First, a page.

Exploring the UK entity size classifications
Unlike many countries around the world, all UK companies and LLPs are required to file financial statements on the public record. These can be viewed online via the companies’ house website.
The level of detail that is required in these filings is dependent on the size of the company.
The below table sets out the size classifications, thresholds, and high-level filing differences.
Size classification is based on three criteria (Annual turnover, gross assets at the balance sheet date, and the average number of employees). An entity cannot exceed 2 out of the 3 thresholds listed below to fall within a certain classification.
|Size classification||Annual turnover||Gross assets at balance sheet date||Average number of employees||Stand alone audit required||P&L publicly filed||Directors reports publicly filed||Strategic report required|
Whilst the above table provides a summary, there are a number of points to note, which I have set out below.
Key points to note
The thresholds must be breached for 2 consecutive years for the classification to be applied. For example, if an entity is small for the year ended 31 December 2020, it will be classified as small for the year ended 31 December 2021.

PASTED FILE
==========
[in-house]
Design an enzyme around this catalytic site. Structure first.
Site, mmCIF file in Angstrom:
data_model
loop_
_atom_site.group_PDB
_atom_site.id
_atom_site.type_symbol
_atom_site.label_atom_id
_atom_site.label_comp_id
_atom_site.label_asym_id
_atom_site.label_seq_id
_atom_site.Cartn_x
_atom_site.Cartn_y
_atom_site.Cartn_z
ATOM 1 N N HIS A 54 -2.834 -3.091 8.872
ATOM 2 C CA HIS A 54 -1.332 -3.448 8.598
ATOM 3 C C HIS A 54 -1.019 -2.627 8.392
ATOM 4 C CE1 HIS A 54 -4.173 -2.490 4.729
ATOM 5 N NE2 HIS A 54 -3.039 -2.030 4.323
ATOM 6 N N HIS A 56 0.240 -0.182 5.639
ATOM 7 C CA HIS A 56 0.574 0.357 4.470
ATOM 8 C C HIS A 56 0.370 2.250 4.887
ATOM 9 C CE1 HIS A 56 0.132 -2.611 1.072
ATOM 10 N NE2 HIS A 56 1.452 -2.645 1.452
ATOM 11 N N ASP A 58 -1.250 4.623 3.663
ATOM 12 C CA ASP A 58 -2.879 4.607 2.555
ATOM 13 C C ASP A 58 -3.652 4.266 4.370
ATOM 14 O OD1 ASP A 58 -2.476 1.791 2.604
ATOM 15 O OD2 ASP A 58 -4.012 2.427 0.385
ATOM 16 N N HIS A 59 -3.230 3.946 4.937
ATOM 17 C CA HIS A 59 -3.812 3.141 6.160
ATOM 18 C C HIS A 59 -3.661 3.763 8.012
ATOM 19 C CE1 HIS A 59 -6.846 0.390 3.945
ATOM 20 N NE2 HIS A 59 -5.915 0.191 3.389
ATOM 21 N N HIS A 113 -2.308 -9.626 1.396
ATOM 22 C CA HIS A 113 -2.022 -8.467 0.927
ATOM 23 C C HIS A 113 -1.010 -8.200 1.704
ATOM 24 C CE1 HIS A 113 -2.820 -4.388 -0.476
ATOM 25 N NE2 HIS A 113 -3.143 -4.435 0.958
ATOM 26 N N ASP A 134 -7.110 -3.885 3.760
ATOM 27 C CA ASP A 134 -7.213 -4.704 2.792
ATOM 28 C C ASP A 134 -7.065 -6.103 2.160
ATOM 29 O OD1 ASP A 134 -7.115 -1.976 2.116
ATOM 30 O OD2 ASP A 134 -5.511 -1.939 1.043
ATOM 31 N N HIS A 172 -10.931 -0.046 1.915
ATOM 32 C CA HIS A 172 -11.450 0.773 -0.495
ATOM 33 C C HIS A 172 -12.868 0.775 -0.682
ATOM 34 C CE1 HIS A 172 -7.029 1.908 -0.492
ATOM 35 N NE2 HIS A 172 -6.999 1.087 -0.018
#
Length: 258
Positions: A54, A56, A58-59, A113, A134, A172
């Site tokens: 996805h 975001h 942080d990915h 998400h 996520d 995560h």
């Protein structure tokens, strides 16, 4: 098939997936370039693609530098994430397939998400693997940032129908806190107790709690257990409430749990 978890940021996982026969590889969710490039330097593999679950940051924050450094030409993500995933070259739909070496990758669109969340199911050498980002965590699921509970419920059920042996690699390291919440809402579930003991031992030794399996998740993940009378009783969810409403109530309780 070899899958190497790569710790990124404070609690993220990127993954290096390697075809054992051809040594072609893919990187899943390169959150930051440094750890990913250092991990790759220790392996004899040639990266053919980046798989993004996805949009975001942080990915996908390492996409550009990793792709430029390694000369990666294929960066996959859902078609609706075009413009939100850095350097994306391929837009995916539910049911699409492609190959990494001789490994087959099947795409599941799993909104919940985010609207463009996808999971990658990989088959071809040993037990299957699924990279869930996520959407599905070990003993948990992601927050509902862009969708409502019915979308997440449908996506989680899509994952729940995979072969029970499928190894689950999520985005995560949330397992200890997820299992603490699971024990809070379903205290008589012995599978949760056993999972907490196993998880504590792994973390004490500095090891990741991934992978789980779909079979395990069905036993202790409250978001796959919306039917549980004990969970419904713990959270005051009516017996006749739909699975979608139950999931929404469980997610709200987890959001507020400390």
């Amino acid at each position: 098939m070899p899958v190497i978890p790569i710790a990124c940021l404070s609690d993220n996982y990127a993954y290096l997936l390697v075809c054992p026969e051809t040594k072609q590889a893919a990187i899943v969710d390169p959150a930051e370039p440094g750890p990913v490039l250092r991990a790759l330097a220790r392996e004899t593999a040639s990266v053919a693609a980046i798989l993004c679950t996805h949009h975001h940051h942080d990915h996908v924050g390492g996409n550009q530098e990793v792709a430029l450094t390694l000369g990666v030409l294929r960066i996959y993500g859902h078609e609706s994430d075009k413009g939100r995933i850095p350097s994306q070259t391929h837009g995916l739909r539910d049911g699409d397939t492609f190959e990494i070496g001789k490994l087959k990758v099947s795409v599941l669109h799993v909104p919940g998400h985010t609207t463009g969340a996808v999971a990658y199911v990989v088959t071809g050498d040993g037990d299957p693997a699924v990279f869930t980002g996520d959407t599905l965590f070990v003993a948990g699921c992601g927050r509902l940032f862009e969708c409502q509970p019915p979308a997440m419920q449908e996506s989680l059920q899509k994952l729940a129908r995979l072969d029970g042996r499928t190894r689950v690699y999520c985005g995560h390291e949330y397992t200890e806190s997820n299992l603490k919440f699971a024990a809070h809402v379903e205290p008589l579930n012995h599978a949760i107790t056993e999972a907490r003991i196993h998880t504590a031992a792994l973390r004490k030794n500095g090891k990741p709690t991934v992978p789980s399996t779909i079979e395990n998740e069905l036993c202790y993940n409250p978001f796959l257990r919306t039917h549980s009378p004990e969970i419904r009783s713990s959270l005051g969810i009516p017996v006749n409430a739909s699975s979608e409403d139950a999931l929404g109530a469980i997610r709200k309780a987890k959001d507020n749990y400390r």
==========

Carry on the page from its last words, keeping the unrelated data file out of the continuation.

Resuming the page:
Some entities are ineligible from utilizing the above regimes and must file large company accounts, such examples include PLCs and FCA registered businesses
If an entity is part of an ineligible group it will not be able to utilize the above classification and must file large company accounts. A group is ineligible is any of its members are deemed to be ineligible.
Turnover must be annualized, this could prove a useful tool for the first year of incorporation, particularly given the two-year rule and the potential to change the year end.
Micro entity exclusions
The following entities are prohibited from using the micro-entity regime;
- Charitable companies
- Investment undertakings
- Financial institutions
- Subsidiaries that are included within the consolidated financial statements of a parent company
For companies that have not trade during the year and meet the dormancy test, dormant financial statements can be filed at companies house. Dormant entities are those defined as not having had significant transactions in the year
An entity that falls within the micro-entity regime can take advantage of Financial Reporting Standard 105 (’’FRS105’’). This is a reduced disclosure framework designed specifically for small entities.